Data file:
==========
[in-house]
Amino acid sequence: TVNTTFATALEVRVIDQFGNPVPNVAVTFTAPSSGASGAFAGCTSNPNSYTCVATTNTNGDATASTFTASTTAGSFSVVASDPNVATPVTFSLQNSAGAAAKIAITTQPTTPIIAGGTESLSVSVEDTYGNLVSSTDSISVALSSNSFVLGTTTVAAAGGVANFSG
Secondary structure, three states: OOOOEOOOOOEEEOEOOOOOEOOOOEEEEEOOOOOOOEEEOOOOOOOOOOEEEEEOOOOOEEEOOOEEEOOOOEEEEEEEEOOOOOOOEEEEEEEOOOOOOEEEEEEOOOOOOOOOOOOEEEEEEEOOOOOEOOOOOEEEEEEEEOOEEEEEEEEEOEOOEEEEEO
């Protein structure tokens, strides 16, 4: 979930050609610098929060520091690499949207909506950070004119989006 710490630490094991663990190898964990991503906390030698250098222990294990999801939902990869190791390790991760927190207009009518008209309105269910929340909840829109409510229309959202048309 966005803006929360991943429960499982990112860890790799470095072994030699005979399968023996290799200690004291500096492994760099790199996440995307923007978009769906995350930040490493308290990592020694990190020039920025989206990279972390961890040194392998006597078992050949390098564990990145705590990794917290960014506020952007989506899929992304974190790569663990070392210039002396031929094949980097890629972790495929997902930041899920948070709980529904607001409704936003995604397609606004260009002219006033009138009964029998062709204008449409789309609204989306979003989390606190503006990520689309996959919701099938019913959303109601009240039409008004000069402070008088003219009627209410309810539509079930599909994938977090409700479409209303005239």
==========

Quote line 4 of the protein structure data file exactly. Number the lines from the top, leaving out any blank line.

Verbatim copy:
């Protein structure tokens, strides 16, 4: 979930050609610098929060520091690499949207909506950070004119989006 710490630490094991663990190898964990991503906390030698250098222990294990999801939902990869190791390790991760927190207009009518008209309105269910929340909840829109409510229309959202048309 966005803006929360991943429960499982990112860890790799470095072994030699005979399968023996290799200690004291500096492994760099790199996440995307923007978009769906995350930040490493308290990592020694990190020039920025989206990279972390961890040194392998006597078992050949390098564990990145705590990794917290960014506020952007989506899929992304974190790569663990070392210039002396031929094949980097890629972790495929997902930041899920948070709980529904607001409704936003995604397609606004260009002219006033009138009964029998062709204008449409789309609204989306979003989390606190503006990520689309996959919701099938019913959303109601009240039409008004000069402070008088003219009627209410309810539509079930599909994938977090409700479409209303005239």